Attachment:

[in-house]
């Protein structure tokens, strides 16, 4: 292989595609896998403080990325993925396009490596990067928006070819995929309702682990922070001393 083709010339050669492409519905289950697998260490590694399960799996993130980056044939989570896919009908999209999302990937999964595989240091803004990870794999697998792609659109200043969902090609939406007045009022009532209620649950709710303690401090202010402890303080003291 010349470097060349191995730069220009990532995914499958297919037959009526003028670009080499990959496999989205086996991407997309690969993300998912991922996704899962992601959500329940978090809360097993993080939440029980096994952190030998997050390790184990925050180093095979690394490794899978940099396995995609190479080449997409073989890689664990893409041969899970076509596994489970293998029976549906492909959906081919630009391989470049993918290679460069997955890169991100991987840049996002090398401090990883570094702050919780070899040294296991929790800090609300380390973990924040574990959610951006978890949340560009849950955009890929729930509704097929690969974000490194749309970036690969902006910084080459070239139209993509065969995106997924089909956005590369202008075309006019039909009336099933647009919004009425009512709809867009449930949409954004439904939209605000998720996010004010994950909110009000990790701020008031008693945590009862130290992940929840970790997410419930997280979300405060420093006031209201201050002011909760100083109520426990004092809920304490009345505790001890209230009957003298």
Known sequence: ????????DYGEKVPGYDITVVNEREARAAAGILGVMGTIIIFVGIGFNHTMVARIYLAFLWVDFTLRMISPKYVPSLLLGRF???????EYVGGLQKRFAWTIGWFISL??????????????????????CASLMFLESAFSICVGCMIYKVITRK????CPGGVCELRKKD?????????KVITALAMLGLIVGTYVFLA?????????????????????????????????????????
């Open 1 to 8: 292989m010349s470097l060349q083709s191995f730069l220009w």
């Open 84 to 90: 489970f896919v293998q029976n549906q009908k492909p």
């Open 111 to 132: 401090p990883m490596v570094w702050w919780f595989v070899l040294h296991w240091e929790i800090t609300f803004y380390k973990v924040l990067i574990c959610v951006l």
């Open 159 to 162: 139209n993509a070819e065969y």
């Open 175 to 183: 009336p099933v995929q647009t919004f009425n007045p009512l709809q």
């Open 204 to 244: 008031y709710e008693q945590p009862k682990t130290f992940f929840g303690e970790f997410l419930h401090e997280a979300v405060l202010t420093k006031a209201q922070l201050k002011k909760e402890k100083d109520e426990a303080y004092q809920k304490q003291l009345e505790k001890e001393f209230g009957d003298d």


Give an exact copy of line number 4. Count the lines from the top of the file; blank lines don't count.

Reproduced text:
């Open 1 to 8: 292989m010349s470097l060349q083709s191995f730069l220009w």